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5 reasons to consider an APAC business school for your MBA

SOURCE: Roslan Rahman / AFP
Thriving cities like Tokyo, Beijing, Seoul, Kuala Lumpur, and Singapore are ready to be explored by those who choose an APAC business school for their MBA experience.


By Shekinah Kannan 

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Business schools and their MBA programmes in the APAC (Asia Pacific) region are giving their western counterparts a run for their money. A total of 17 business schools in Asia have muscled their way to the top in this year’s Financial Times Global MBA charts, with China Europe International Business School (CEIBS)’s MBA programme nabbing the seventh spot among the world’s top 100.

APAC business schools have come a long way — a far cry from 1999 when the Financial Times first launched its top 50 top programme ranking, with not a single Asian school making the list.

There are many reasons for this shift. The world is beginning to realise what those in Asia have known all along — that the continent is filled with opportunities for aspiring business leaders.

APAC is home to several financial hubs that make it ideal for business leaders to launch a startup or grow their business alongside established organisations. Cities such as Tokyo, Beijing, Seoul, Kuala Lumpur, and Singapore can offer plenty of business opportunities, bolstering the appeal of an APAC business school.

There are many others reasons why business professionals should consider an APAC business school for a stellar MBA experience. We’ve rounded up five reasons that will help you make up your mind:

A thriving economy

In 2020, the global economy fell by 3.5% — the figure in Asia was 1.1%. In fact, China’s economy even grew. McKinsey predicts that Asia will account for more than half of the world’s economy in years to come. 

Asia’s strength in tech also shined through during the pandemic, as a top exporter of computers, laptops, phones and other high-tech devices — all of which have become critical in the era of work from home.

McKinsey further predicts that Asia’s strong post-pandemic recovery, built on its technological prowess, will allow it to further extend its reach and amass 52% of the world’s GDP by 2040. 

Affordability 

Hong Kong and Tokyo may be among the more expensive picks, but the cost of living and tuition fees are generally lower in Asia compared to destinations such as the US and the UK. 

To put into perspective, tuition fees for the Asia School of Business will set you back some US$91,000 for its 20-month MBA programme. International students will also enjoy opportunities in the US and China, as well as a four-week MIT Sloan immersion programme in Massachusetts.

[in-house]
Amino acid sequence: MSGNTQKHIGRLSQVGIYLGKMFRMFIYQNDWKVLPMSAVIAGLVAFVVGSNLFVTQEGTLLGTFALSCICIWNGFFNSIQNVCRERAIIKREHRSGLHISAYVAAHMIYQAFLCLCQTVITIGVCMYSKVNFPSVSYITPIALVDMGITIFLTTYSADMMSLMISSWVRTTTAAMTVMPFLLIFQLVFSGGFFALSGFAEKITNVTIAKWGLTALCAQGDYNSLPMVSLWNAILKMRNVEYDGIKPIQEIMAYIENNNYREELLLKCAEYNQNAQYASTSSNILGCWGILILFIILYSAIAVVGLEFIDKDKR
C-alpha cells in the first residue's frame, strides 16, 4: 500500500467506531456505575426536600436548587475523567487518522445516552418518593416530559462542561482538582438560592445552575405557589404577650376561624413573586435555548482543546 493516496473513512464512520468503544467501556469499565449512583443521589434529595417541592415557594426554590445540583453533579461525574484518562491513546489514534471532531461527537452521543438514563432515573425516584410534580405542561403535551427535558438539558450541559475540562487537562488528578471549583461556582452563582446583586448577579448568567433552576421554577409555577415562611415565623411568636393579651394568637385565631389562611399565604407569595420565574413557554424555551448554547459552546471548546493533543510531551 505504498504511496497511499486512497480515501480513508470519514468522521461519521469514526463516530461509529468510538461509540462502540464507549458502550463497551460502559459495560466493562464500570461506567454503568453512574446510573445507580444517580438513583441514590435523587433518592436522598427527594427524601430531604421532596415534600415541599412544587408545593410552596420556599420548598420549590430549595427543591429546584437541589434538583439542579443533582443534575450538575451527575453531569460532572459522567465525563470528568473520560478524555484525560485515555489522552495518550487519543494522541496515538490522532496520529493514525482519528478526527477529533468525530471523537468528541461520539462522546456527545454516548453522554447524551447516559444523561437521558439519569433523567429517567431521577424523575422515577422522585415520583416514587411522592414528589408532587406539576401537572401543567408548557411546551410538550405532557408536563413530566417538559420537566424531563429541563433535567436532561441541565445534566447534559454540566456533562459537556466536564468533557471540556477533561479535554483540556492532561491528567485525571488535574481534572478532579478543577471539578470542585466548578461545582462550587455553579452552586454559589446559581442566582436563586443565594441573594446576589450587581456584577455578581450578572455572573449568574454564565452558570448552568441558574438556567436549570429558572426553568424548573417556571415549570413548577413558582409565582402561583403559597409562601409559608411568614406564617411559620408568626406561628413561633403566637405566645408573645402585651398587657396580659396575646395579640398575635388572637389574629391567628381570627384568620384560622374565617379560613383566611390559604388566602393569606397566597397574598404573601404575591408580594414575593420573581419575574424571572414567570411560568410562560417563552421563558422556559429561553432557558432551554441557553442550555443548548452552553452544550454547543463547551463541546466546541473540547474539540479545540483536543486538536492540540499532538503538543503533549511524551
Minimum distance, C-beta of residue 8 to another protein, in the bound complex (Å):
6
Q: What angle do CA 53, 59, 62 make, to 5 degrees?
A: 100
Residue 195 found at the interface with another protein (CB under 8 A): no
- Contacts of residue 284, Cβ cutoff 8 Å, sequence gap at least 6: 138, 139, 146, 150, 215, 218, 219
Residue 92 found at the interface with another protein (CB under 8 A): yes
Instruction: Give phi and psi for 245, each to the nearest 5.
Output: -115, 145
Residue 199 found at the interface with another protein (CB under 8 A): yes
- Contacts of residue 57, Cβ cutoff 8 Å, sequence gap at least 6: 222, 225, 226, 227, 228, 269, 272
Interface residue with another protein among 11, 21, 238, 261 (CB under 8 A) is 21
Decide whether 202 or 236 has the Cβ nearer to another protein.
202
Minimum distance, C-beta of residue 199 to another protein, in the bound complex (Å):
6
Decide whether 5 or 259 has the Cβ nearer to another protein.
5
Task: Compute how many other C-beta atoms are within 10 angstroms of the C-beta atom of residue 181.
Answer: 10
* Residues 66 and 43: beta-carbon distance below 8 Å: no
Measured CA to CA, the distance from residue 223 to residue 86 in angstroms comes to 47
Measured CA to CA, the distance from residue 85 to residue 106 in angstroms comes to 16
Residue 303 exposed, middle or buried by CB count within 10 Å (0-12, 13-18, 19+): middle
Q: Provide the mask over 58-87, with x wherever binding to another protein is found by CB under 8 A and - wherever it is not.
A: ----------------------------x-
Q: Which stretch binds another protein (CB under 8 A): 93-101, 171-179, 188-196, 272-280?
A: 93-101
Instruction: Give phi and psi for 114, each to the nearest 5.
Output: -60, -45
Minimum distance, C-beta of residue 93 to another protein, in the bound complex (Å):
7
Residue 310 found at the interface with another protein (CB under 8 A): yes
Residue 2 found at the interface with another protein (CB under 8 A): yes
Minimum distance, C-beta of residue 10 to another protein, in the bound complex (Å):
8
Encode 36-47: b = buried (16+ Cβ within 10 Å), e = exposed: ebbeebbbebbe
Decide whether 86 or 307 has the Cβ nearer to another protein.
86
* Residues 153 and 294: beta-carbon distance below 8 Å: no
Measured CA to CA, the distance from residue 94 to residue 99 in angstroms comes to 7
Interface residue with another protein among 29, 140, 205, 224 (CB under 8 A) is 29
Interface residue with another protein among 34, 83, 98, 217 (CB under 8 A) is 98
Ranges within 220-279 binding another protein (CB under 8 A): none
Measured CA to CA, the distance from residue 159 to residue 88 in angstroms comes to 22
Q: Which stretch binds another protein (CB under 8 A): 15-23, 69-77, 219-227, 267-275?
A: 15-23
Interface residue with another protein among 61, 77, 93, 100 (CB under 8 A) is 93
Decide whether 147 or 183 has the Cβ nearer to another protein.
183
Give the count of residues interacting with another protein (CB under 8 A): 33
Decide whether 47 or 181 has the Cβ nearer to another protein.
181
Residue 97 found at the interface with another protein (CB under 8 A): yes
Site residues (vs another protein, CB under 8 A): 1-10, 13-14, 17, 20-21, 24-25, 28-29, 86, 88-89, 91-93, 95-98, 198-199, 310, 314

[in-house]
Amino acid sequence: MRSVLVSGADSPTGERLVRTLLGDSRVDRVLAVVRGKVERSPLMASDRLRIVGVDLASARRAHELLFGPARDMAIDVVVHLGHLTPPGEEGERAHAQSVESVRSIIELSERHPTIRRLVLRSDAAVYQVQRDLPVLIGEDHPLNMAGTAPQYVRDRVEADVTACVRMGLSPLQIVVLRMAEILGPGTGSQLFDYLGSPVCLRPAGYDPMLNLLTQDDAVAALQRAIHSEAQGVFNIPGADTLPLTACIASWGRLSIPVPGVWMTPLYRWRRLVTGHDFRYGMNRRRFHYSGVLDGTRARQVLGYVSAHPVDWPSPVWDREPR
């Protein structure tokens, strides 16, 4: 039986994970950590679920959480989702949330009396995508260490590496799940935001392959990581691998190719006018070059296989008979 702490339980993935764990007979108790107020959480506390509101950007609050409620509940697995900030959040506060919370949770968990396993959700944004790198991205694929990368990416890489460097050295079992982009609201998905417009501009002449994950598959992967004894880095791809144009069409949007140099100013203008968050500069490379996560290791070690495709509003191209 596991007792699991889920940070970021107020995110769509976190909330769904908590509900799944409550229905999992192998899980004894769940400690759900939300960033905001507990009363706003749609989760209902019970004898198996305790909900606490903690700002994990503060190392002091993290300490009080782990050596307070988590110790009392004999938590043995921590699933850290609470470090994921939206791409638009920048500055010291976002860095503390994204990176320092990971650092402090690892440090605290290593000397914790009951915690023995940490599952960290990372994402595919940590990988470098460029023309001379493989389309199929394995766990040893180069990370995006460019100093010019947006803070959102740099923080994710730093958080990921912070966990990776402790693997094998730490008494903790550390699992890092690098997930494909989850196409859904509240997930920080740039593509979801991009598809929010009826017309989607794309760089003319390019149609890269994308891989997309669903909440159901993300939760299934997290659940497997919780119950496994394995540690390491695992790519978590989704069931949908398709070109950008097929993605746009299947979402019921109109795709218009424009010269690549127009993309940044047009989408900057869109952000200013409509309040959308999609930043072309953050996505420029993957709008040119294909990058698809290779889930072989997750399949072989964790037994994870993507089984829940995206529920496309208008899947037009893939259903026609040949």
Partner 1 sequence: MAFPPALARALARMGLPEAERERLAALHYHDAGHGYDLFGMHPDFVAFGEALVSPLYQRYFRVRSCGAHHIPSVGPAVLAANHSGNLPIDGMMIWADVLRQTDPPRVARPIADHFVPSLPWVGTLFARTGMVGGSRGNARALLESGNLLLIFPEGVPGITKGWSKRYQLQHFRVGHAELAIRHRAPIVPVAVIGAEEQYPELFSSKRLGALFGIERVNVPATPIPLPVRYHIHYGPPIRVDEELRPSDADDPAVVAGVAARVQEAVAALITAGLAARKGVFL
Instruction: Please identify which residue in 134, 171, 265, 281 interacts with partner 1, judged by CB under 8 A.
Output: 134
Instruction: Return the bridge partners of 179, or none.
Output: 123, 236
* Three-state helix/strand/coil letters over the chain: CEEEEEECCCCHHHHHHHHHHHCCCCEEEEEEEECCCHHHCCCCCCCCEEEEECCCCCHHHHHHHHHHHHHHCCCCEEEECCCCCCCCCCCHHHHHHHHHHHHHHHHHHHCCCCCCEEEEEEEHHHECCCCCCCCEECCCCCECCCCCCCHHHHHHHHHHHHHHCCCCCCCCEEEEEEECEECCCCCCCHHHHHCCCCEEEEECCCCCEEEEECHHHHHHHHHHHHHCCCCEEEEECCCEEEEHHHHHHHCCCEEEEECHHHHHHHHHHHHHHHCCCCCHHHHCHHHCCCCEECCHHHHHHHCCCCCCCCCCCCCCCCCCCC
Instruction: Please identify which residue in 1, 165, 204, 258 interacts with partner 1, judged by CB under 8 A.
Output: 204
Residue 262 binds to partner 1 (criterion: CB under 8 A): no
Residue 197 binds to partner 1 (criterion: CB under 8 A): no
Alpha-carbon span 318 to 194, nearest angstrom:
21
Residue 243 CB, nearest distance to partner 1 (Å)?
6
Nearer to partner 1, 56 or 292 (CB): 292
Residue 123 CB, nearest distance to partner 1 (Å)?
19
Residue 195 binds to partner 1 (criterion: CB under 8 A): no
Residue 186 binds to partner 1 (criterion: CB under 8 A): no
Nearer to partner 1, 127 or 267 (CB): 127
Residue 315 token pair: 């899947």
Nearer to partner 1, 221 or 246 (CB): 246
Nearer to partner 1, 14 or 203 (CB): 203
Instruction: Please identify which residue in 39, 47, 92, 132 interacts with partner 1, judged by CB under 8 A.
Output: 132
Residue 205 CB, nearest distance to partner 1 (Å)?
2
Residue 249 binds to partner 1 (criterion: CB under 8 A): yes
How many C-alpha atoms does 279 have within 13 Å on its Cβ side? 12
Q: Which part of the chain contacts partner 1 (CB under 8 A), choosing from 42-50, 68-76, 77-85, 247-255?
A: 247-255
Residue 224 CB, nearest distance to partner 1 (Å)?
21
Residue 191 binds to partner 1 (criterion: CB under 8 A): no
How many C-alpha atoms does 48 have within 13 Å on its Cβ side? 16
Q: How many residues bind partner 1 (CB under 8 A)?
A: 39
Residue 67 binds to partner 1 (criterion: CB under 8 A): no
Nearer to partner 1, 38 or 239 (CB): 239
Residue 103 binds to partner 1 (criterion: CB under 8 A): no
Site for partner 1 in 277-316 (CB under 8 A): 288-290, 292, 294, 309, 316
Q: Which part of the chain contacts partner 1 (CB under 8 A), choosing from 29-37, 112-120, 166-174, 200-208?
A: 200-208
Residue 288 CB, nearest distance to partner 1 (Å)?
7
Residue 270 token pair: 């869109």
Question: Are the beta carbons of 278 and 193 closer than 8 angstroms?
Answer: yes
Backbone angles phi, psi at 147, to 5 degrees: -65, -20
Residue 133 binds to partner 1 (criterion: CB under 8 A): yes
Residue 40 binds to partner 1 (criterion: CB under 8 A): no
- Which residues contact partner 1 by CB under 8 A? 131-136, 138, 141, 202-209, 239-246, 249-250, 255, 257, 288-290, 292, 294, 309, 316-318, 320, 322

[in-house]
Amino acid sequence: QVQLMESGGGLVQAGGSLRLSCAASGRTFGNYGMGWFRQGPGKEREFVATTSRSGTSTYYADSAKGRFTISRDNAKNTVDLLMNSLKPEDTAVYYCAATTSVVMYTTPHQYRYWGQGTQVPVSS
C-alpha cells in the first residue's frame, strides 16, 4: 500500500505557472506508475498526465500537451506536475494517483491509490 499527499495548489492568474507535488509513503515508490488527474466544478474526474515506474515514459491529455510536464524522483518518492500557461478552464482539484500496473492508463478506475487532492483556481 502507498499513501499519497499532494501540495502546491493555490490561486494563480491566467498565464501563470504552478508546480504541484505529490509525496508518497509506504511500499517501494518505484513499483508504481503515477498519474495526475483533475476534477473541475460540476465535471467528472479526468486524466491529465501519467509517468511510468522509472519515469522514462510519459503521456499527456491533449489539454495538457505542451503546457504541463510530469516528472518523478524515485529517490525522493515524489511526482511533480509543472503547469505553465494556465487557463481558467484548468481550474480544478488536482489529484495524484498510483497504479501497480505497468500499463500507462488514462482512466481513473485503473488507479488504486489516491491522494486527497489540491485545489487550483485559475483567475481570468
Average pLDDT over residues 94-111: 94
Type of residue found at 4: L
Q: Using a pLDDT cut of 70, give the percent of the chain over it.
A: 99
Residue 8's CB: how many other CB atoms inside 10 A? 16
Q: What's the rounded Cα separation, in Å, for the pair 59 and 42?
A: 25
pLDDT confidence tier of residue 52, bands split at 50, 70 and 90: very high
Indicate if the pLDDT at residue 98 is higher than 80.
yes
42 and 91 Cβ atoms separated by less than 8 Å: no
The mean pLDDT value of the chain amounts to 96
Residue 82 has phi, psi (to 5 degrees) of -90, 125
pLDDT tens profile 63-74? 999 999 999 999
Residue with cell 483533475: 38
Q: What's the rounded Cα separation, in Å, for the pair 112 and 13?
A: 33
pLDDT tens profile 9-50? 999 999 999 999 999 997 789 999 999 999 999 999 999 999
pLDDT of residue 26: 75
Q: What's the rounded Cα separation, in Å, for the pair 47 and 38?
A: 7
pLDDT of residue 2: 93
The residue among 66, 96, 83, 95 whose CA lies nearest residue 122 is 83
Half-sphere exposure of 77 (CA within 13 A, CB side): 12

Meanwhile, an MBA from MIT Sloan itself carries the price tag of US$241,984. At London Business School, the total cost of an MBA is US$126,738.

ROI

The demand for full-time MBA degrees is clearly growing in the Asia-Pacific region. This is partly due to data proving that a good sum of graduates succeed in securing salary increases.

According to the data used by FT to compile the MBA ranking in 2020, the six schools whose alumni received the biggest salary increases are based in Asia-Pacific. Shanghai University of Finance and Economics graduates reported the highest uplift at 216% three years after completing their MBA.

This year, the appeal remains. Average alumni salaries for CEIBS graduates came up to US$178,558, an increase of 156% from pre-MBA employment. National University of Singapore Business School’s figure came up to US$160,729 with a 138% salary increase. HKUST Business School graduates enjoy an average salary of US$151,758, an increase of 109%.

Cultural perspective

Studying in Asia can be a good exposure for those in the West, and help aspiring business leaders shape their own identity, how they perceive people, and grow personally and professional simultaneously. 

Asia is one of the most vibrant and culturally diverse regions in the world. It is home to various cultures and ethnicities, and this includes countries such as India and Singapore. An APAC MBA will encourage executives to live, work and understand diverse groups of people. 

Scenic surroundings 

Once in Asia, it can be relatively affordable to travel to neighbouring countries for work and pleasureThe continent covers a huge area of our Earth, boasting some of the highest mountains and most pristine beaches the world has to offer. 

From the Living Root Bridges in Cherrapunji, India; the staggering mountainous surroundings of Gokyo Cho Lake, Nepal; the tri-coloured lakes of Mount Kelimutu in Indonesia; to Mount Everest in the Himalayas; and the Nijo-Jo Castle in Kyoto — regardless of where they end up, outdoorsy MBAs will have plenty of ground to cover in the APAC region.